Any post that a person has issue with can be reported to Admins and we will deal with it. Don’t take matters into your own hands. This provokes fights and it is not what we want for our group.

It is Our group – Our Rules . Break them and your comments and in some cases your membership will be removed. We will not tolerate bullying to the Admins or other Members. If anyone has a problem with that, they are free and welcome to leave the group. We have blocked more people than many other groups will ever have joining them, so numbers matter little to us.

Our rules and stance are not up for debate – abide or leave, either through your own choice or ours.

I also want to push further the point about our stance  from my personal perspective.

I  – Andy Paciorek – am the creator of Folk Horror Revival – I am of mixed nationality. I am a mongrel, a nomad and as such Nationalism is abhorrent to me and therefore it is frankly very obvious that my creation, my project would not support that. Especially as my father was lucky to survive passing through Auschwitz and being interred in Belsen as a teenager prisoner before being forced into hard labour. He was lined up to be shot until last minute a Nazi said they needed more ditch diggers on the front line, where an SS officer pushed him into the mud and walked across the length of his back. So hardly likely my project would tolerate nazism.

I grew up  suffering racism – not ‘is this facebook post a bit appropriated’ racism but spat upon, punched in the face, hearing monkey noises, eggs thrown at windows at three in the morning and so forth racism!! So hardly likely my project would tolerate racism.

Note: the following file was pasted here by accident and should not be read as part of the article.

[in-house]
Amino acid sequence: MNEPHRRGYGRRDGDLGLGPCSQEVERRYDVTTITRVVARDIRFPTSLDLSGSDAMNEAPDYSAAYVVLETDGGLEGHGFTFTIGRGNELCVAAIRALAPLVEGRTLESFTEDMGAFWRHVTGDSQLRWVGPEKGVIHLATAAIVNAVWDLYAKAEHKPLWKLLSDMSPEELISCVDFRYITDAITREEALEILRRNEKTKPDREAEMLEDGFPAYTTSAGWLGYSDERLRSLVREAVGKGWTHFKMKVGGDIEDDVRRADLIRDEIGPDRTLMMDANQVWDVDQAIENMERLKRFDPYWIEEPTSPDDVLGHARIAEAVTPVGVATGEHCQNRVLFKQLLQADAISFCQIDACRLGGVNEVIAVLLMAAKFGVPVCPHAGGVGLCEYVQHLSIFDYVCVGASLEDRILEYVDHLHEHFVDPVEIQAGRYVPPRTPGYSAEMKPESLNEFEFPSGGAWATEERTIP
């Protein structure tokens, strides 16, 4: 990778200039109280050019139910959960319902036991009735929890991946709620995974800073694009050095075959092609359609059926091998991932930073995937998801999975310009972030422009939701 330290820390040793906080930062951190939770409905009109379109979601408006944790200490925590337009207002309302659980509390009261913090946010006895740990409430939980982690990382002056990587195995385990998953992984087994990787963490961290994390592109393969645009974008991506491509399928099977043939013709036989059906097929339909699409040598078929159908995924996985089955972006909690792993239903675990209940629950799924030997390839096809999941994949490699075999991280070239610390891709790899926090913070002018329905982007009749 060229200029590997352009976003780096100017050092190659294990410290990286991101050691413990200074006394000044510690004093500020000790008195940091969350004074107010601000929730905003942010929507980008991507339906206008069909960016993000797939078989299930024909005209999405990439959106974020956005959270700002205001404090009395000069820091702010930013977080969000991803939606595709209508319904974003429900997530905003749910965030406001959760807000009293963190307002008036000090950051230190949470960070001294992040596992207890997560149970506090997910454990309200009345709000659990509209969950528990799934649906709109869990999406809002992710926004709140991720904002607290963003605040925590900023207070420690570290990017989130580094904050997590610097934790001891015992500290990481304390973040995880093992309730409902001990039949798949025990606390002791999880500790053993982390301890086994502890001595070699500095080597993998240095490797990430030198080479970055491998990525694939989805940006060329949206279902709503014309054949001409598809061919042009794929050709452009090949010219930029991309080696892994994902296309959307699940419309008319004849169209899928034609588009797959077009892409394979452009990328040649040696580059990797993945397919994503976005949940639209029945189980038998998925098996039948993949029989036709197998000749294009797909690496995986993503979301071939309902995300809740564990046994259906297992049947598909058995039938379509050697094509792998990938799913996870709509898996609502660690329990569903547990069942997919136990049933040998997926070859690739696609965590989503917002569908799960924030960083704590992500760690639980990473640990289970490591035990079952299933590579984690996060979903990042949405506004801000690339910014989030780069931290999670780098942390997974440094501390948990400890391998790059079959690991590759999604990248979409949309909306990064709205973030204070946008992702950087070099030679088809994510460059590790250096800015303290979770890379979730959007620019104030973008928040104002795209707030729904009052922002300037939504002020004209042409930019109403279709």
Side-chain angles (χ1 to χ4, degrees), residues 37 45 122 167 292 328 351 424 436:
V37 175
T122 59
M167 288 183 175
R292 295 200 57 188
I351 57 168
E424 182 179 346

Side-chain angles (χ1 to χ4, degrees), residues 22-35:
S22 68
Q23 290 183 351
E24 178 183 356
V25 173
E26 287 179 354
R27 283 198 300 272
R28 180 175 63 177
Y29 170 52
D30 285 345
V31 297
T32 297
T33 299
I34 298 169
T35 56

So anybody who accuses or implies that Folk Horror Revival has any sympathy towards nazis, neo-nazis, racism and any other bigotry is so far off the mark.
It is not only entirely incorrect to make those accusations or implications against us, it is actually very hurtful and harmful. so I hope this post is read and makes our stance and the truth of the matter very very clear!

AF edit

Wanderings With The Fae No.4. Carrowkeel, where once they were.

Follow the track through the pass in the Bricklieve Hills and enter another world.

Bricklieve derives from Breac Sliabh, “the Speckled Hills", in old Irish "speckled" was a term used to describe places of entrance to other worlds, thin places.

While many Neolithic sites have become sterile, their power lost amid roads and modern noise and the footfalls of thousands, Carrowkeel retains it’s depth and energy.

To climb to the cairns, on a day when the low cloud shrouds every horizon and the world is reduced to the hilltop around you, is to immerse yourself in a time gone these 5000 years.

To crawl on your hands and knees through the portal and to sit inside is to understand true liminality. On certain days the energy within has been overwhelming, crawling out dizzy, disoriented to sit in thoughtful recovery for a while.

This is a special place.